If you are out enjoying nature this summer please pay close attention to your surroundings: This plant is found all across Canada.
hogweed (Heracleum mantegazzianum)General Information: Giant hogweed is a perennial member of the carrot family originally from Asia.
It was introduced in Nova Scotia as an ornamental garden plant. This plant has the potential to readily spread from gardens along roadsides, ditches and streams invading native habitats.
Giant hogweed closely resembles our native cow parsnip which is also a member of the carrot family. Its size makes it a distinctive plant, growing up to over 5 meters tall at maturity under ideal conditions. The white flowers, resembling those of Queen Anne’s Lace, form a large umbrella shaped head, that can be 1 meter or more wide.
Distribution: During the 1980’s this plant was present in the garden of the Alexander Graham Bell Museum in Baddeck. It seems likely that it was intentionally planted there. Prior to July 1,2010 there were several known locations in Nova Scotia, including Jollimore, Purcells Cove,Halifax, Dartmouth, Wolfville, Grand Pre, Sydney and Baddeck.
More recent confirmed plant locations are Kentville, Sheffield Mills and Truro. Biology: Seeds may take several years to germinate and are viable in the soil for up to 15 years. Once the seed has germinated, it takes 2-5 years of growth before the plant produces flowers. During the first year, the plant produces a rosette of leaves to 1 meter high. As the plant grows a large taproot, thick hollow stems and large deeply lobed leaves are formed. The lower stems of the plant are covered with reddish-purple flecks. The stems are covered with stiff hairs that are filled with sap. Sap may collect in the hollow stem bases.Giant hogweed flowers only once in its lifetime. Once the plant produces seed it then dies. Each plant can produce up to 100,000 winged seeds (typically 50,000) that can float for 3 days before becoming water logged and sinking. The seeds are also spread by wind but can travel much longer distances via water transport in ditches and streams.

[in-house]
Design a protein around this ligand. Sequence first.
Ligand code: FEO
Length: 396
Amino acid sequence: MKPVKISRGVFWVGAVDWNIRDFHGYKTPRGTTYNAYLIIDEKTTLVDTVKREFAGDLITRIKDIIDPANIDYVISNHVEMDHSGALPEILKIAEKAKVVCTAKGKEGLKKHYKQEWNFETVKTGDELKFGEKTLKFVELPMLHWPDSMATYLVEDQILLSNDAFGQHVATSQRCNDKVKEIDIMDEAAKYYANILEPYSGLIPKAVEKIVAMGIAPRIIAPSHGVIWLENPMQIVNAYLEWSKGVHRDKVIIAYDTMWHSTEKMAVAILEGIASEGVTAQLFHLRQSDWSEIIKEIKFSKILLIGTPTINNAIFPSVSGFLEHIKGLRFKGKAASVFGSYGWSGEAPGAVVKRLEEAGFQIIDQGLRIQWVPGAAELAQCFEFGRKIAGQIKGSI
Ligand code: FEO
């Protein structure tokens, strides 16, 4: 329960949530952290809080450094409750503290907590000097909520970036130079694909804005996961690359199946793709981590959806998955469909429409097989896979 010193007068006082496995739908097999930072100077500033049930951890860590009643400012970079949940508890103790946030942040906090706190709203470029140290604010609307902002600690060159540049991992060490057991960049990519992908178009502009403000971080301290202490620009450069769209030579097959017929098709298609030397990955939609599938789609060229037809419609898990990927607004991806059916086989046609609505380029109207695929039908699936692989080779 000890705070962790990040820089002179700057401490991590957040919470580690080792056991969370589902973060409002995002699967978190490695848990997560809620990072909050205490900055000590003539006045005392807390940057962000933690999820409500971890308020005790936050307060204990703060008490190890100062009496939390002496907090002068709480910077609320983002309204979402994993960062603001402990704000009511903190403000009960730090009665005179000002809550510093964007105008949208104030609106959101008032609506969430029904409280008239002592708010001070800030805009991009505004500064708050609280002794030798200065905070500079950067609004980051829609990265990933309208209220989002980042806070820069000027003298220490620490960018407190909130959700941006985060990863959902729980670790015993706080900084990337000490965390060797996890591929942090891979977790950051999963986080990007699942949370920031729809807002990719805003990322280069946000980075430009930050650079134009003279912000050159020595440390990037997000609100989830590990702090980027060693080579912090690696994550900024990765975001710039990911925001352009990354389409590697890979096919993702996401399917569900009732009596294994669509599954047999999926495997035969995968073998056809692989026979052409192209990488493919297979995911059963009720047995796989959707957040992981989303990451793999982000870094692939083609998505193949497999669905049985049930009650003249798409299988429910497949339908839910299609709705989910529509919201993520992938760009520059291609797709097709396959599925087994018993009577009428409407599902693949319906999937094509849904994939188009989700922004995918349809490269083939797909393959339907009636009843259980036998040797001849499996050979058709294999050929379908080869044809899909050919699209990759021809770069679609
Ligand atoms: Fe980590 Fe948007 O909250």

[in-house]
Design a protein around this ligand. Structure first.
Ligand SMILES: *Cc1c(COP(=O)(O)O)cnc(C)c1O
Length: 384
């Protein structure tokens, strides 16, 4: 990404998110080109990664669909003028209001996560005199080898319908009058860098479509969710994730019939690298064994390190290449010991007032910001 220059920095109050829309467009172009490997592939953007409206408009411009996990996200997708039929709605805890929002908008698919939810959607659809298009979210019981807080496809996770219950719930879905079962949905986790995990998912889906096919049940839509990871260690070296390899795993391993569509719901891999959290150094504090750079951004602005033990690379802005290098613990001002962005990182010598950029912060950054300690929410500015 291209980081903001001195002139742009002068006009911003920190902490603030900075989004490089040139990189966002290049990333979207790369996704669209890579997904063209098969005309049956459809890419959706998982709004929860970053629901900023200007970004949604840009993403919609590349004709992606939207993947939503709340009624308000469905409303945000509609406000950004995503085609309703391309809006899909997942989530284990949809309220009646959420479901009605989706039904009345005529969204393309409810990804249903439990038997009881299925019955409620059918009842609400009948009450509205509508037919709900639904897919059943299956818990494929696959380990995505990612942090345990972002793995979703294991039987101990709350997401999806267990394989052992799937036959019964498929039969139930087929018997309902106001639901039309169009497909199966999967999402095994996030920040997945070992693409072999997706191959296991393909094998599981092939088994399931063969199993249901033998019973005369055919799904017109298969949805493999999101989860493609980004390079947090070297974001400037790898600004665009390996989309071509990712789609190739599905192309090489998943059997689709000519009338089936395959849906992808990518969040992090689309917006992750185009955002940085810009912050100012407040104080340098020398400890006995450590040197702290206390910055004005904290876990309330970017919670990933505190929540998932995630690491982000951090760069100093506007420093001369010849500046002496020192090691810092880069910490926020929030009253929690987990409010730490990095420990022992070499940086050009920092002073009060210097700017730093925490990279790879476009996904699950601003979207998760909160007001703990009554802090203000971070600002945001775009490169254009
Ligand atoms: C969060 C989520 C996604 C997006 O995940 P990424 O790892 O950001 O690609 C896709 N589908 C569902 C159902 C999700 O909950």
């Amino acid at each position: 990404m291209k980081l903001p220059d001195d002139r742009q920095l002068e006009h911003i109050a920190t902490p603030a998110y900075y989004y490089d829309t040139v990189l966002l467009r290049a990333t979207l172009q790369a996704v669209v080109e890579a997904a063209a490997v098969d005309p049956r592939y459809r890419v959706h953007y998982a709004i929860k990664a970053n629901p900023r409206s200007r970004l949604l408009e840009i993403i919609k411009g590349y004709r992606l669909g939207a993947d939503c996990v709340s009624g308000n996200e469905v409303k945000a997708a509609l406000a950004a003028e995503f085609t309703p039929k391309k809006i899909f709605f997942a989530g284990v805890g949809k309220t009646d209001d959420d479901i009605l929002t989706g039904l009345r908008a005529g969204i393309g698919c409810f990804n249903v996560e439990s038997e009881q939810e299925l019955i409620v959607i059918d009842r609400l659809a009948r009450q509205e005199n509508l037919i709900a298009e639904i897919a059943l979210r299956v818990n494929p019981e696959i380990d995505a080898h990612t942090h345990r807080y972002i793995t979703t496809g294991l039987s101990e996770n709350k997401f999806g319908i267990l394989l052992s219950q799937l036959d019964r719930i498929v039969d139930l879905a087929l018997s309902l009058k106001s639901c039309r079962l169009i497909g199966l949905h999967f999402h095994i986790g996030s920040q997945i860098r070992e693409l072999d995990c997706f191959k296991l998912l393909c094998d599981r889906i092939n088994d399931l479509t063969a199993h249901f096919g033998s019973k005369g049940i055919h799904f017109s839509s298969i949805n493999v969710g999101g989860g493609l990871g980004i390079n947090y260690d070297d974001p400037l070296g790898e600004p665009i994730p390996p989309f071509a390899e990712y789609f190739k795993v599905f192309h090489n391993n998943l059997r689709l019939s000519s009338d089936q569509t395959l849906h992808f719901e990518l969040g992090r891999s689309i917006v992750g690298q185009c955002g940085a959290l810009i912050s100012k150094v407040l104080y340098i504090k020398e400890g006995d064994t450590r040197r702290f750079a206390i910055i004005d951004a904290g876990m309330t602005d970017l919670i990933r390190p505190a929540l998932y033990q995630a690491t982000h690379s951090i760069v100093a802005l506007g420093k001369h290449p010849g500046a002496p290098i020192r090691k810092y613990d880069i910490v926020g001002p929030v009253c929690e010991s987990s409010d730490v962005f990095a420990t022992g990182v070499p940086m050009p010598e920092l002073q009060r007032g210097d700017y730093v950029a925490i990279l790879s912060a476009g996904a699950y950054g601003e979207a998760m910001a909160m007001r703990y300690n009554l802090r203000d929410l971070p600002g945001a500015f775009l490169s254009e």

Health Concerns: The clear watery sap of giant hogweed contains irritating sap that can cause severe dermatitis. Ultraviolet radiation activates compounds in the sap resulting in severe burns when exposed to the sun. Symptoms occur within 48 hours of contact and consist of painful blisters. Purplish scars may form, and can last for many years. Eye contact with the sap may cause temporary or permanent blindness.
In the event of any direct exposure/contact to the sap of this plant the IWK RegionalPoison Centre should be contacted at:1-800-565-8161First Aid Instructions:* Wash the affected skin IMMEDIATELY and thoroughly with soap and water.*
Affected skin should be covered to avoid exposure to any sunlight for a MINIMUM of 48 hours, avoidance of any sun exposure within 48 hours of exposure lessens the severity.*
Ocular exposure: requires immediate and thorough (20 to 30 minutes) eye flushing with lukewarm water. A UV-absorbing wrap should be used around sunglasses for 24 hours after exposure to decrease the potential of ultra violet sunlight contacting the eye.*
Continued use of sunscreen is recommended for up to 6 months after exposure as a MINIMUM.* Clothes, tools, and anything that contacted the plant sap should be washed, ensuring that they cannot spread further contamination.
Seek Medical Attention for Confirmation and/or Treatment if you notice:* Signs of burns, infection and/or blistering.*
Removal: There is no government funded program to remove this plant from private property. It is highly recommended that private landowners hire a professional landscaper to remove theplant to ensure safe procedures are followed.‚Mechanical: Wear protective clothing, including gloves, long sleeve shirts, pants, and eye protection. Wash immediately with soap and water afterwards.